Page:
Clos de Tart is a Grand Cru vineyard (or climat) and corresponding appellation of the Cote de Nuits sub-region in Burgundy. Covering 18 acres (7.3ha) of land, the site is of average size among Burgundy's Grand Crus. It occupies a significant portion of the Cote d'Or mid-slope immediately south and west of Morey-Saint-Denis village.
All Clos de Tart wine is produced from Pinot Noir, although the appellation laws do permit the inclusion of up to 15% white grapes (Chardonnay, Pinot Gris, Pinot Blanc). This law is designed to allow for planting variations and mutations within the sometimes-ancient vine rows and applies to almost all Cote d'Or red wines.
While the majority of Burgundy's vineyards have had many owners over the years (Clos de Vougeot is a prime example), the Clos de Tart is an exception. It has been a monopole since its creation in the middle of the 12th century. The original vines were planted by the sisters of the Notre Dame de Tart order – the origin of the vineyard's name. The nuns remained in sole control of the site until the French Revolution at the end of the 18th century. The Mommessin family bought the domaine and its vines in 1932, just before the official creation of Burgundy's Grand Cru appellations.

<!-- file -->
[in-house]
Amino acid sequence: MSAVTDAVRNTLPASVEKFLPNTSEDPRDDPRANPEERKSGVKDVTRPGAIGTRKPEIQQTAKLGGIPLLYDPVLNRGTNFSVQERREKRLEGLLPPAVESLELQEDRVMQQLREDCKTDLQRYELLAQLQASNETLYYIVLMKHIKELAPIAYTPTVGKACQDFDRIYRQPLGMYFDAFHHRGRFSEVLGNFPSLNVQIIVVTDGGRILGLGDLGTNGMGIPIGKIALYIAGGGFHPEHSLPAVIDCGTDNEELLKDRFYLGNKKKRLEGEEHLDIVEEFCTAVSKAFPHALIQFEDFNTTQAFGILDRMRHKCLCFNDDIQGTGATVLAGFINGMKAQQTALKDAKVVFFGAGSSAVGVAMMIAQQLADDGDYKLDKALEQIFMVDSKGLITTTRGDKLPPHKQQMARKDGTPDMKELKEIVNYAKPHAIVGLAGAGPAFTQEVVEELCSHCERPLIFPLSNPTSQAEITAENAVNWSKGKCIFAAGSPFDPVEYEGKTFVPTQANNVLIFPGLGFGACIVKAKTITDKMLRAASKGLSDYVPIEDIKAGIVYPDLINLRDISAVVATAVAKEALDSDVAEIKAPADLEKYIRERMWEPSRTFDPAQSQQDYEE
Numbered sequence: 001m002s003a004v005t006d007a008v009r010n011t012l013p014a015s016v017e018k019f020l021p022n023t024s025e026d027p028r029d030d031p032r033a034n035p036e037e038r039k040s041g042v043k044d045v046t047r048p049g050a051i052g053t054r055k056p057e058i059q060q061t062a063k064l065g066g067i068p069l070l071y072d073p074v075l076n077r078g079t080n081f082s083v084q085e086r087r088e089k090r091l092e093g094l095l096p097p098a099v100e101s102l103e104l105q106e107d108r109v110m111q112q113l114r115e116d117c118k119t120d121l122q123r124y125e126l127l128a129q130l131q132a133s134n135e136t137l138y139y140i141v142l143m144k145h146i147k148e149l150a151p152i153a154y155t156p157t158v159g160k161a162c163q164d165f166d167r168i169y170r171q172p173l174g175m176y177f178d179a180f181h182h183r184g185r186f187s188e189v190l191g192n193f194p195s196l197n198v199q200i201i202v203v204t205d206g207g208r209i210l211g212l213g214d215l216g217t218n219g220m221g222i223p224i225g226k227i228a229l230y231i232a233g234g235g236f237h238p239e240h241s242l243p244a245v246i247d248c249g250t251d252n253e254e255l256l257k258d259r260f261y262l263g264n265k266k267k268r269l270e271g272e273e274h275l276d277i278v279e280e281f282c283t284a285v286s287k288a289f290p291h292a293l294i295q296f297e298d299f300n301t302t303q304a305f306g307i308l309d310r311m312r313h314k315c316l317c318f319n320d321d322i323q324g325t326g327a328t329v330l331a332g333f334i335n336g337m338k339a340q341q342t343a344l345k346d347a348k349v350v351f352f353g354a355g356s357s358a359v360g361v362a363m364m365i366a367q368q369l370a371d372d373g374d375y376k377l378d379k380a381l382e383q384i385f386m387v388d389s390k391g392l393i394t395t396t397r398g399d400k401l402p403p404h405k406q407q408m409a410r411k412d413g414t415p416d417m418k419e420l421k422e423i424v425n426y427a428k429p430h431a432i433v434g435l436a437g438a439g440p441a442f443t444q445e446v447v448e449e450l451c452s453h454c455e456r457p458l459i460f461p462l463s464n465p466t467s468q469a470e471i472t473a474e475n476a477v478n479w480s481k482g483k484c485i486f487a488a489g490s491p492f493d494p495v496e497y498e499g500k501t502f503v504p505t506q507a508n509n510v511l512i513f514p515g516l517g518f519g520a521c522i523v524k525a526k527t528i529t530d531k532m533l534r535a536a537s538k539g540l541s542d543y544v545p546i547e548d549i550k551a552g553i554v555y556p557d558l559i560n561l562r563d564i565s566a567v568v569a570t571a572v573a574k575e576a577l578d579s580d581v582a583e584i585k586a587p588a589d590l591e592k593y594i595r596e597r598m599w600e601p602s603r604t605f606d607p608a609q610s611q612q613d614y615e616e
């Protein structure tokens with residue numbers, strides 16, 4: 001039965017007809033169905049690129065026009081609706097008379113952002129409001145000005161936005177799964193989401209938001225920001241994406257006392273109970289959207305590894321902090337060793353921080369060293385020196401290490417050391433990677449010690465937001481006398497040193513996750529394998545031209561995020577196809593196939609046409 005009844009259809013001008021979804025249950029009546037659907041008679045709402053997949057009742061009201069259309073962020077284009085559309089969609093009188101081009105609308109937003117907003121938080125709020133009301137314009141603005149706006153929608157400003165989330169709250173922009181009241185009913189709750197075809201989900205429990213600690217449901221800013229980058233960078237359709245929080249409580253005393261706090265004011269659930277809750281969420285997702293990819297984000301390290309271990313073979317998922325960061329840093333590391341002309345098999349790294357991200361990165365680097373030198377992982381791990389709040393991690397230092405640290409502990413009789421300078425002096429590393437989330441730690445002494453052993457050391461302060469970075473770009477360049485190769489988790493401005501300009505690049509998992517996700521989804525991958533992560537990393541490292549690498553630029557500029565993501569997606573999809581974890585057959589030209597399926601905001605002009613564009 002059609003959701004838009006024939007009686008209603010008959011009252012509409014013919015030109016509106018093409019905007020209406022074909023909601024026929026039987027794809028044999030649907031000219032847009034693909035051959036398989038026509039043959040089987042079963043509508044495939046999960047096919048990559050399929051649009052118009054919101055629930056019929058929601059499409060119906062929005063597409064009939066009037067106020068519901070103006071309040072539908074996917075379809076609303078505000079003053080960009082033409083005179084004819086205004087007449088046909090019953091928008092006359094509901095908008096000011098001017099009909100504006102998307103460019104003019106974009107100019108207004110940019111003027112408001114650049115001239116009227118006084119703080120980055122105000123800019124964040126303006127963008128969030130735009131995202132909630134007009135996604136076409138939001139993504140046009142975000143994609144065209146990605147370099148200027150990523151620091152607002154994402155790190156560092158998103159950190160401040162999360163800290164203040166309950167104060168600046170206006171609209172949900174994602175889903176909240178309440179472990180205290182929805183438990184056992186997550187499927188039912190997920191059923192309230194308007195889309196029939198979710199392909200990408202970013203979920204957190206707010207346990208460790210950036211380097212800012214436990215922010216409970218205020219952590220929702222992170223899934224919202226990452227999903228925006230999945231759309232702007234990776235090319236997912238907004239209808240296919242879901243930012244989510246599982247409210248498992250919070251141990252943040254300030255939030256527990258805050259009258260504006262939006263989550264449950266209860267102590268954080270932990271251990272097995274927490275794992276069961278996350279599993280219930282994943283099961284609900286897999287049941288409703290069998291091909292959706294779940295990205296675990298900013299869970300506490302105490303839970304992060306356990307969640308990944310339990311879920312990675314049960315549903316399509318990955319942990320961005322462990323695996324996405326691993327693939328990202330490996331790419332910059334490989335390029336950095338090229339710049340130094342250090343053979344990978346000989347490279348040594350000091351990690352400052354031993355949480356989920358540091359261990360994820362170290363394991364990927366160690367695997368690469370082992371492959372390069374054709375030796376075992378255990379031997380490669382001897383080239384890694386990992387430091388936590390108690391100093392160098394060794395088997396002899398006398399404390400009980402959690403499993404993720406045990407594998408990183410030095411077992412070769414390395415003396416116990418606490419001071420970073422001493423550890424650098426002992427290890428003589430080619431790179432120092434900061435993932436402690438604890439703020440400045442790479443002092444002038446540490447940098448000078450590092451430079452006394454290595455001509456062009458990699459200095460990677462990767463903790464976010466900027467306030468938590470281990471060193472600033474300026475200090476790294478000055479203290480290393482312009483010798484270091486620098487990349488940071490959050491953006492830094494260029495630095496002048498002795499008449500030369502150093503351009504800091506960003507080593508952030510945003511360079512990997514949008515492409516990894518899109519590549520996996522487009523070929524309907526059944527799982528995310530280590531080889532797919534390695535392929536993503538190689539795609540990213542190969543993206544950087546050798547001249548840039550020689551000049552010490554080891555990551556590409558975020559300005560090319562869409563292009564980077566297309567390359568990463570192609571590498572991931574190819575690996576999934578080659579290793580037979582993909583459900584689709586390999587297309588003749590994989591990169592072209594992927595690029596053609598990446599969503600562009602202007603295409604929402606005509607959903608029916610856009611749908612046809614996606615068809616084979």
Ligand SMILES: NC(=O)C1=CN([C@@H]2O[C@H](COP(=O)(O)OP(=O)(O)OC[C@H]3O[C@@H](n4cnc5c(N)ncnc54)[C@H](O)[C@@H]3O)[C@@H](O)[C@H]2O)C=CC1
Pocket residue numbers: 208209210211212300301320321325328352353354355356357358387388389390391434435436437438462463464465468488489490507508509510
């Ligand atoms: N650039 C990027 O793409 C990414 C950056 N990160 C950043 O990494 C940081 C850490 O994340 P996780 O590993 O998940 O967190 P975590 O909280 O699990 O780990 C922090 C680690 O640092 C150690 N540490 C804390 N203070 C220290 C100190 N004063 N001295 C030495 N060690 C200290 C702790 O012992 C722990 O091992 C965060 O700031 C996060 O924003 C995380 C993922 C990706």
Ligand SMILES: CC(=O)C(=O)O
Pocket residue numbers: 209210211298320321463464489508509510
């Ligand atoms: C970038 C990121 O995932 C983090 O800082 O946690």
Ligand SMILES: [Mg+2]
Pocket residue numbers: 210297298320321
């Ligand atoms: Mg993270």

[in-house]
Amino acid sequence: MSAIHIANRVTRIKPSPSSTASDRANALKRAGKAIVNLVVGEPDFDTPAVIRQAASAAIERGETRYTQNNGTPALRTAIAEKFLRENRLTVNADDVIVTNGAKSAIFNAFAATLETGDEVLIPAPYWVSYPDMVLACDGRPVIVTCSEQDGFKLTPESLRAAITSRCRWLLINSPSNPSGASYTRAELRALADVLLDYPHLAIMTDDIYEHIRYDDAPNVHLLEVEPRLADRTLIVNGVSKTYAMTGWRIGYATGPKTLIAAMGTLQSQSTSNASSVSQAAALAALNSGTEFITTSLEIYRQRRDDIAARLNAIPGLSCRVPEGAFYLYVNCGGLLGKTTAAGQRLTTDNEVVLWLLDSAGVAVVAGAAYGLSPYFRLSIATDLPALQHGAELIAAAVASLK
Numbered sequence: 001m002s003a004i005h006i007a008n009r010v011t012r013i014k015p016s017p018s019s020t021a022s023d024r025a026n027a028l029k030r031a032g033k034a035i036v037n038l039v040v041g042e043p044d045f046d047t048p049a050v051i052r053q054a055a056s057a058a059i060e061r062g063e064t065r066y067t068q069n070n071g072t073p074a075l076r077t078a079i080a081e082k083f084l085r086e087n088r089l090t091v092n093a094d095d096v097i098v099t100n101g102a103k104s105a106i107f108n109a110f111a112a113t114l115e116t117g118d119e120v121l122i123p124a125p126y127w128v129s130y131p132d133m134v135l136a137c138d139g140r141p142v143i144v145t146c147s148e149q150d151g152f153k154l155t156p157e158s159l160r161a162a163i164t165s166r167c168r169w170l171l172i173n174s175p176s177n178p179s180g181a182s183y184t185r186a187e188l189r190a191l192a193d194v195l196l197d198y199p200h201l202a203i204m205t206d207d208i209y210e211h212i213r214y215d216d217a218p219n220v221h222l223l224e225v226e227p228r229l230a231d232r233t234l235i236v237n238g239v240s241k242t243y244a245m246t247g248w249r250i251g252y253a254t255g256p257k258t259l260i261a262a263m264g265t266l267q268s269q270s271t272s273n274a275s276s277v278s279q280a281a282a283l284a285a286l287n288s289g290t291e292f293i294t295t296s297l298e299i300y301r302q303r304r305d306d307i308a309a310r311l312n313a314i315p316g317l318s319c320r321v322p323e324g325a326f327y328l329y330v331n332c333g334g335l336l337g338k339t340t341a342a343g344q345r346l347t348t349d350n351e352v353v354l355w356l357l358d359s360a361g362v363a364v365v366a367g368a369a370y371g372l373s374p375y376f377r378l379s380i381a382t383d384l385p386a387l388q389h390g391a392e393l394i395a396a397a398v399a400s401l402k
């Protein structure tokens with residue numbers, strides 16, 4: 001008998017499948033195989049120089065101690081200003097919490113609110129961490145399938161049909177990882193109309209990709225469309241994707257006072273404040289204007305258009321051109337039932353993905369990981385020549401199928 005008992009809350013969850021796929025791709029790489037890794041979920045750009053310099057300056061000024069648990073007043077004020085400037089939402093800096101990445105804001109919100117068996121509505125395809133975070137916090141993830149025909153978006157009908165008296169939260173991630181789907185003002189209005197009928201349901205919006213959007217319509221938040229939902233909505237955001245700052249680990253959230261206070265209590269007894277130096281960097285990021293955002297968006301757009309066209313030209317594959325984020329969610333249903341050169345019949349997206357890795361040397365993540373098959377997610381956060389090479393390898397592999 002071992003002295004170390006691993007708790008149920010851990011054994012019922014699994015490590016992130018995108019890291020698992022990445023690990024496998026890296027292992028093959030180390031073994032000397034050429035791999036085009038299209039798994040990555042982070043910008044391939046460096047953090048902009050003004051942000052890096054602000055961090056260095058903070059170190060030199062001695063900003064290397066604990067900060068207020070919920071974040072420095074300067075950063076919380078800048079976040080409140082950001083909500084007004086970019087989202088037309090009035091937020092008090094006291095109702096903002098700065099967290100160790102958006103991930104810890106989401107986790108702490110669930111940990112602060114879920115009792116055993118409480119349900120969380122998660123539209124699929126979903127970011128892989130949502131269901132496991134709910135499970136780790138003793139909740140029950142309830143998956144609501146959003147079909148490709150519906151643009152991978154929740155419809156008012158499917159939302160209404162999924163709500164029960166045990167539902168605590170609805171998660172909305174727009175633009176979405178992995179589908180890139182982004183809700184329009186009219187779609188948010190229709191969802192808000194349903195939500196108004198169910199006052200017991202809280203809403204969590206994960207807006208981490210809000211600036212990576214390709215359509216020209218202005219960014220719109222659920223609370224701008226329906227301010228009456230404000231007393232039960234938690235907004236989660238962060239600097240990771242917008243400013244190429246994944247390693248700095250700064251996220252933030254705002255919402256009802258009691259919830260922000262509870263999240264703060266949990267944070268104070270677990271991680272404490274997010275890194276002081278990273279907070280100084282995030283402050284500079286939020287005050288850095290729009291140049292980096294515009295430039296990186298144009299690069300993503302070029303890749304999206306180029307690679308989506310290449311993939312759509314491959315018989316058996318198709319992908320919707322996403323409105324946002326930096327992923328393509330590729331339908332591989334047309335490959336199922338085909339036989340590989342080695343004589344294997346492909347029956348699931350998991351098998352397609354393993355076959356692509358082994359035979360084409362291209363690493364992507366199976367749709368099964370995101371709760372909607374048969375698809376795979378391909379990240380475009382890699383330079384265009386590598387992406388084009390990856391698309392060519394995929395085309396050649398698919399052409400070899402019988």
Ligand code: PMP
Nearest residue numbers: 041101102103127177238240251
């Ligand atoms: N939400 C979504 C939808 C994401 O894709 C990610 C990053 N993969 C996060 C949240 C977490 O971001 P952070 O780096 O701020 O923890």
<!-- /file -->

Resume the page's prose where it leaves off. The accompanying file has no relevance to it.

The Clos de Tart was granted Grand Cru status in January 1939, based on the quality of its terroir. The combination of limestone (concentrated in the lower sections of the site) and well-drained marlstone soils here leads to wines with a balance of power and elegance. Because the vineyard is in the hands of a single domaine, the style of wine coming from the climat is more consistent than those from sites that are owned by many producers. Clos de Tart wines that do not meet the Grand Cru standards are sold as La Forge Premier Cru.